Former Australia cricketer Dean Jones died of a stroke on Thursday in Mumbai. He was 59.
Dean Jones was in India to fulfil his commitments for the host broadcasters of the Indian Premier League. He suffered a massive heart attack at a hotel in Mumbai after 12 PM on Thursday.
“It is with great sadness that we share the news of the passing away of Mr. Dean Mervyn Jones AM. He died of a sudden cardiac arrest. We express our deep condolences to his family and stand ready to support them in this difficult time. We are in touch with the Australian High Commission to make the necessary arrangements.
“Dean Jones was one of the great ambassadors of the game associating himself with Cricket development across South Asia. He was passionate about discovering new talent and nurturing young Cricketers. He was a champion commentator whose presence and presentation of the game always brought joy to millions of fans. He will be sorely missed by everyone at Star and his millions of fans across the globe.
“Our thoughts and prayers are with his family and friends,” Star Sports India, the host broadcasters for IPL 2020, confirmed the news of Jones’s passing in a statement.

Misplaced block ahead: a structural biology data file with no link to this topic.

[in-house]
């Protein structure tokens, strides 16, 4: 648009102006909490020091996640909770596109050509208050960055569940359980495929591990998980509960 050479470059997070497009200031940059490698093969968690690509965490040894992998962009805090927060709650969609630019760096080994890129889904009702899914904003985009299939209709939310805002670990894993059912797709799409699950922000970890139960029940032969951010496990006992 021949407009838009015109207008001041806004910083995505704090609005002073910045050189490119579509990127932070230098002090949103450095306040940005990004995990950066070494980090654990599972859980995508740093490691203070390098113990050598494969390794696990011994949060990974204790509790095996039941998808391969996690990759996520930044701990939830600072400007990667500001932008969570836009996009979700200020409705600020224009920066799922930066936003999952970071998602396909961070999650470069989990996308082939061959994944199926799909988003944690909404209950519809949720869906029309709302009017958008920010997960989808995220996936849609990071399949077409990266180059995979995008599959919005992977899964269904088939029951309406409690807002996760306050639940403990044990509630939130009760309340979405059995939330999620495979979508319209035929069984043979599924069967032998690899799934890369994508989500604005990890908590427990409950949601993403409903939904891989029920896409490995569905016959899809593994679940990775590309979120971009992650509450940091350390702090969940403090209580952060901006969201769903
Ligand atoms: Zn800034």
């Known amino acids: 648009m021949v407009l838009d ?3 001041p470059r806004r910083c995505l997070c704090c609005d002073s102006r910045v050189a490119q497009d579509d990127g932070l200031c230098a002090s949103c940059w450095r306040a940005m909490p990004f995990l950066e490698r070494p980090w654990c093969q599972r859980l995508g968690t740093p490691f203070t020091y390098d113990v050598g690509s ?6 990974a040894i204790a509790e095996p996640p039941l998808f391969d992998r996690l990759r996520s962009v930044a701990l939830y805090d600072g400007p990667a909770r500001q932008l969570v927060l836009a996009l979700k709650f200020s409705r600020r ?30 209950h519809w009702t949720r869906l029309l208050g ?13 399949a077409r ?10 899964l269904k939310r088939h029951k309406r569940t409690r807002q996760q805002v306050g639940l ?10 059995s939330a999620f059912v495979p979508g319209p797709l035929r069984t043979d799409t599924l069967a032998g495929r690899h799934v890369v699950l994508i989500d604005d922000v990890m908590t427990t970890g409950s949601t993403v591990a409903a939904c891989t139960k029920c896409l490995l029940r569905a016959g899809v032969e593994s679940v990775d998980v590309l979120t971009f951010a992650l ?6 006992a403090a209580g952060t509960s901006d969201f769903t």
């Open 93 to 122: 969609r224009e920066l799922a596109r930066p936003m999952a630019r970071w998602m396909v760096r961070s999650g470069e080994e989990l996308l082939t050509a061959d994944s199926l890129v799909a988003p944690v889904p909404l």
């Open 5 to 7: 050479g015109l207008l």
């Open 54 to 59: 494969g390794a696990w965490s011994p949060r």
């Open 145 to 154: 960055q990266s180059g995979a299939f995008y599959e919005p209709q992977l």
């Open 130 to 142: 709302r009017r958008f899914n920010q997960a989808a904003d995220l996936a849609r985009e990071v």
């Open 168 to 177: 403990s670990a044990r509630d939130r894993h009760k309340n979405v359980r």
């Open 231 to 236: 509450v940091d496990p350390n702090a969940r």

Dean Jones played 52 Tests and 164 ODIs for Australia during an international career which spanned 8 years between 1984 and 1992. He scored 3631 runs in red-ball cricket at an average of 46.55 with 11 hundreds and 14 half-centuries.
In one-day internationals he amassed 6068 runs at 44.61 with 7 hundreds and 46 fifties.
Popularly known as “Professor Deano”, the Victorian was famous for his attacking batting style as an opener. Jones played 245 first-class matches in which he amassed a total of 19,188 runs at an average of 51.85 with 55 centuries and 88 half-centuries.
During his prime, the former Australian batsman was all energy and aggression. He exuded an aura in One Day Internationals (ODI), with shots that blended the conventional and the unorthodox while embellishing it with frenetic running between the wickets. He was a sharp fielder too and he was part of the 1987 World Cup winning squad helmed by the indomitable Allan Border.
The International Cricket Council has expressed sadness at the passing of Jones. In a statement, ICC Chief Executive Manu Sawhney said: “We are extremely sad to hear of Dean’s sudden death and I would like to extend our deep condolences to his family and friends on behalf of the ICC.
“Dean was a prolific batter playing in 52 Tests and 164 ODIs and was part of the 1987 Australia team who won the ICC Men’s Cricket World Cup. He had a significant impact on the game of cricket as a player, as an advocate for the development of the sport as a coach and latterly in his role as a broadcaster. He will be sorely missed by all those in the cricket family.”
One of his most memorable Test innings came in 1986, when in the heat and humidity of Chennai, he battled exhaustion and illness to make a heroic 210 in what would be only the second tied Test ever.
He retired from international cricket in 1994 and went on to become a coach and more recently a broadcaster commentating on cricket around the world.